My dad was plagued with thoughts of was there any possible way for me to swerve. No. What if I would have seen him come around the bend sooner and have been able to slam on my breaks sooner… but that wasn’t a possibility either. Why didn’t he slow down? Why didn’t he swerve? Did something medical happen? A hint to an explanation would have given him a level of peace, but there was none.
One week turned in to almost two when we were finally informed there was no way the accident could be tied to us and the truck was being released.  It would be towed to the Ford dealer down the road from us. That night we went to go see it. Pulling onto the lot there were a lot of cars involved with fender benders. Some with bumpers sitting next to the naked car nose. There, straight back in the last row, sat the Big Red Beast. Twisted and crumpled. By far, the worse looking car on the grounds.
Standing in front of it was worse than the picture I received. Metal had pierced through the hood. The engine was pushed back and into the cab a good two feet, pinned up by the front seats. The tow anchors… one was bent far to the side and the other was torn off all together. The driver side rim was bent and pushed up under the driver door. Two months of ownership and only 30,000 miles… the Big Red Beast was finished.
It was just over two weeks in that we learned more about the other driver, although practically nothing at the same time. He was still in the coma, fighting for his life. Two days away from hitting the four week mark, we now know they are trying to wake him from the coma. He will have a long road of recovery a head of him.
Each day my parents’ bodies get healthier. But I look forward to the day the Big Red Truck is removed from the collision lot. Driving home from work, I can see it’s twisted body sitting there, standing out with its bold color.  Insurance should wrap up next week and we will finally be able to replace the truck.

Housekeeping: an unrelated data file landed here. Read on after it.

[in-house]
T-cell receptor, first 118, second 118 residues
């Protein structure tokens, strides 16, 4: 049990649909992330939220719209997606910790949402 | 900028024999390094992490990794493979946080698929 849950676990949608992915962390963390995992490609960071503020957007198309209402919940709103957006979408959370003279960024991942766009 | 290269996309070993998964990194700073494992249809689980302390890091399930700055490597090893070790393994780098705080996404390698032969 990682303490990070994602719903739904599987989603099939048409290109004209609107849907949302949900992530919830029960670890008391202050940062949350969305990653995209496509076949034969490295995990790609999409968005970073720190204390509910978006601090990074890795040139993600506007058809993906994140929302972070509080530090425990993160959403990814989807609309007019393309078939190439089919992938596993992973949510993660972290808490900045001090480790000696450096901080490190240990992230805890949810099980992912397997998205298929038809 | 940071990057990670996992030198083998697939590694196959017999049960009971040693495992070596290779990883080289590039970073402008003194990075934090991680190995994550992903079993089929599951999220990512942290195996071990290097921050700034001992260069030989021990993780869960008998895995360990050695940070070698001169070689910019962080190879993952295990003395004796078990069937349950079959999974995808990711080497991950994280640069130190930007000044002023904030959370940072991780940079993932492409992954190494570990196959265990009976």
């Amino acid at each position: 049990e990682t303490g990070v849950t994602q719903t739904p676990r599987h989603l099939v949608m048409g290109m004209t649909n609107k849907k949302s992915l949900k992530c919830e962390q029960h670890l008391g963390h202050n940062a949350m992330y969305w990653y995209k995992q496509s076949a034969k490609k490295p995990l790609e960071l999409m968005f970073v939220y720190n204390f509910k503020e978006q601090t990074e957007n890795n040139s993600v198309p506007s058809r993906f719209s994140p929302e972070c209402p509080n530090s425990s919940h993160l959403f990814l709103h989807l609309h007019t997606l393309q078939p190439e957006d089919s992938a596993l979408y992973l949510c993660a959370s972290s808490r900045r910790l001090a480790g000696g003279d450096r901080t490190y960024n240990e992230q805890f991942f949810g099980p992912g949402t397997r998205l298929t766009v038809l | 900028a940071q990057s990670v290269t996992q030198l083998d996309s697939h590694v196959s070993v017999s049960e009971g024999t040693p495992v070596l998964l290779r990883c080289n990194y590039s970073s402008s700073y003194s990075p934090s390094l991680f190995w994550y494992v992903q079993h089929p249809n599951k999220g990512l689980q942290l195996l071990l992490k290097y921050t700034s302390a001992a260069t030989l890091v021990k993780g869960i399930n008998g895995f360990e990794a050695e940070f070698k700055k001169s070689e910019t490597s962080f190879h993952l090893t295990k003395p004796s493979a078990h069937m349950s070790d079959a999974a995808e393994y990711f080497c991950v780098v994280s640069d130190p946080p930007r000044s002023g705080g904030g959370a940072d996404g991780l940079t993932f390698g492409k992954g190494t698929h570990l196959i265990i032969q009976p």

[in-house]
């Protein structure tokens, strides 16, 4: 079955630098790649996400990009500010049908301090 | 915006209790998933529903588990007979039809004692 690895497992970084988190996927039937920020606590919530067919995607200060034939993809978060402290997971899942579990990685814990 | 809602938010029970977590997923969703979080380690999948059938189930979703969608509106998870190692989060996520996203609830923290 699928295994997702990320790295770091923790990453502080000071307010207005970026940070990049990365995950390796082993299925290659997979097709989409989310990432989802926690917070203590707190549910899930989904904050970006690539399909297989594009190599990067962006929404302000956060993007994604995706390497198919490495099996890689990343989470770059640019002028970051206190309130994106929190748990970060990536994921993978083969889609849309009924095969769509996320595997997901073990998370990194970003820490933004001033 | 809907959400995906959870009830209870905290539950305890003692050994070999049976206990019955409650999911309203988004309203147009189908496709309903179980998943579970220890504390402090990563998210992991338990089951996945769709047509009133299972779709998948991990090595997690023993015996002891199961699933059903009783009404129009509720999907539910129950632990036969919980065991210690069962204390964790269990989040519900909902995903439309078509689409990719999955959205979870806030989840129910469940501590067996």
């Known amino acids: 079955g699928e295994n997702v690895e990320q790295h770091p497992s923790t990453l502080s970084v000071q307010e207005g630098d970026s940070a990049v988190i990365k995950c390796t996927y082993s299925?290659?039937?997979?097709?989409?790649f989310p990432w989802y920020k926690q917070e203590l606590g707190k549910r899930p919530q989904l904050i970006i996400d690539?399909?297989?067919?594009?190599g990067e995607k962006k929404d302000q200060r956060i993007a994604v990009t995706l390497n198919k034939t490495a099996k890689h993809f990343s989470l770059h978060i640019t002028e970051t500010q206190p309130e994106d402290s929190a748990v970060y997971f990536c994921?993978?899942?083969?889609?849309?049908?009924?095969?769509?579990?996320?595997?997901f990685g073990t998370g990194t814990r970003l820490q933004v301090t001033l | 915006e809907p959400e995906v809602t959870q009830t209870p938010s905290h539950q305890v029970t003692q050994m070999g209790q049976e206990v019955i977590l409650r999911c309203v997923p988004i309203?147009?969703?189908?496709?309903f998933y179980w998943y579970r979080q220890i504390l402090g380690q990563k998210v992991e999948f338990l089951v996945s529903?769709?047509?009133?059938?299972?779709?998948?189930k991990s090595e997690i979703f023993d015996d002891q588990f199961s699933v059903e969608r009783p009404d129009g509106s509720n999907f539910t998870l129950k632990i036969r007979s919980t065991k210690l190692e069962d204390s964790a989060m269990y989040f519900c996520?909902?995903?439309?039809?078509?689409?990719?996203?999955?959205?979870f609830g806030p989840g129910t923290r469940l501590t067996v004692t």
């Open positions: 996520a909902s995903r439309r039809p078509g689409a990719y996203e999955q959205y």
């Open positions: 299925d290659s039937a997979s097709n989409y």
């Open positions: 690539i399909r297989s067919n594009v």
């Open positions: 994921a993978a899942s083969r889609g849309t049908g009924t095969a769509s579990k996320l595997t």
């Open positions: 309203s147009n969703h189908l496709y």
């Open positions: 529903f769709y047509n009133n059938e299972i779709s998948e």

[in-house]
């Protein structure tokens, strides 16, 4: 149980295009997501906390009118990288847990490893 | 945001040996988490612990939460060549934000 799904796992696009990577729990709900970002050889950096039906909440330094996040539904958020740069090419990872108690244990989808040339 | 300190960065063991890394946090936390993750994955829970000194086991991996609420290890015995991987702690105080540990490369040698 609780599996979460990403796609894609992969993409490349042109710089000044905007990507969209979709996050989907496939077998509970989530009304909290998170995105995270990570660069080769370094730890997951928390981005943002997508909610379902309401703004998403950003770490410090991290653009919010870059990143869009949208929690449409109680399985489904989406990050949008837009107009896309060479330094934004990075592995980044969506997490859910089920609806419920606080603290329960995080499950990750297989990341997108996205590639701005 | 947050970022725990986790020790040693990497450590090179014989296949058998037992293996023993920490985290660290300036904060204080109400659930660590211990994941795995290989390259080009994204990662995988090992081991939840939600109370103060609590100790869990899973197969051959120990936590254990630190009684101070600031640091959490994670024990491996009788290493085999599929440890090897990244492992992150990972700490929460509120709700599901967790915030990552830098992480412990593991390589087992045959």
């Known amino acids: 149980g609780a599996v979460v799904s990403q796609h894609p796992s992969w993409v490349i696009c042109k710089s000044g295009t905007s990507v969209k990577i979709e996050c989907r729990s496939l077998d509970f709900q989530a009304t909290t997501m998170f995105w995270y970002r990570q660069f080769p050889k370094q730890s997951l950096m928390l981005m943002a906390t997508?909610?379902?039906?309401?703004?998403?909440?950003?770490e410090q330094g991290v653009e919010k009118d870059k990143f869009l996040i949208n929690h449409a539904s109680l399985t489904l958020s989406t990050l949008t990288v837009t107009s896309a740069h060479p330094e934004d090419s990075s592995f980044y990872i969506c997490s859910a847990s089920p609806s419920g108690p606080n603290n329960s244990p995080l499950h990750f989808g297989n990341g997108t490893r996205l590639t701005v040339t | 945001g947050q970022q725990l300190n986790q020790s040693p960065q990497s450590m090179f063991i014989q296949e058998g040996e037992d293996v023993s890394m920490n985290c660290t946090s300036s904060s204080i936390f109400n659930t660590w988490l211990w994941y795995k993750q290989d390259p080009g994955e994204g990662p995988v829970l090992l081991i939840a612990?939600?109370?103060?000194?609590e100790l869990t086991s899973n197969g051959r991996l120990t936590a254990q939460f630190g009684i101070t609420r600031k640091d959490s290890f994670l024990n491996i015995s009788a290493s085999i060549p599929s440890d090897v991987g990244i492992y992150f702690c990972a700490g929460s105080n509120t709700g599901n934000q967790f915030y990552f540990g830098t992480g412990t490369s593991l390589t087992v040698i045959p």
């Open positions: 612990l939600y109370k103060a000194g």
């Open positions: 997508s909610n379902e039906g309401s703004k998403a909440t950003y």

The funny thing is when shopping for the truck a sales man tried to sell them a Dodge. (no offense intended for Dodge drivers) My dad looked at the man and said I will only drive a Ford pickup. The man laughed at him… not good moves for a salesman. My dad mentioned how he has seen Dodges measure up after being in accidents and that was why he stood firm with his opinions.
My parents were on their way to a friends for dinner. Typically they would have turned off the highway and skipped over the mountain, instead of going around, to get there. But this afternoon they decided to break that routine. I believe everything happens for a reason. So why did this happen? My mom recalls looking around after she slid out of the truck and noticing cars stopped around them. As people ran to each vehicle involved, no trucks were there. A little white car sat directly behind where my parent’s truck was in line. The driver of that little car was a young girl. She ran directly to my parents to see if they were ok and promptly said, “If he would have hit my car I’d be dead.” They way the truck was thrown, what would have happened if he flew through the north and south lanes of the high way?
While we may never know if something happened to the man who hit my parents, one can’t help but wonder if God used the Big Red Beast to save the lives of those in the smaller cars. I don’t question their being in the truck saved their lives.
Times arise where we wish we had more information. When we wish we could have changed the out come… even when we were not the cause of the issue.  Sometimes the best way to handle the hurt of the unknown is to believe there was a purpose behind it and eventually we will understand.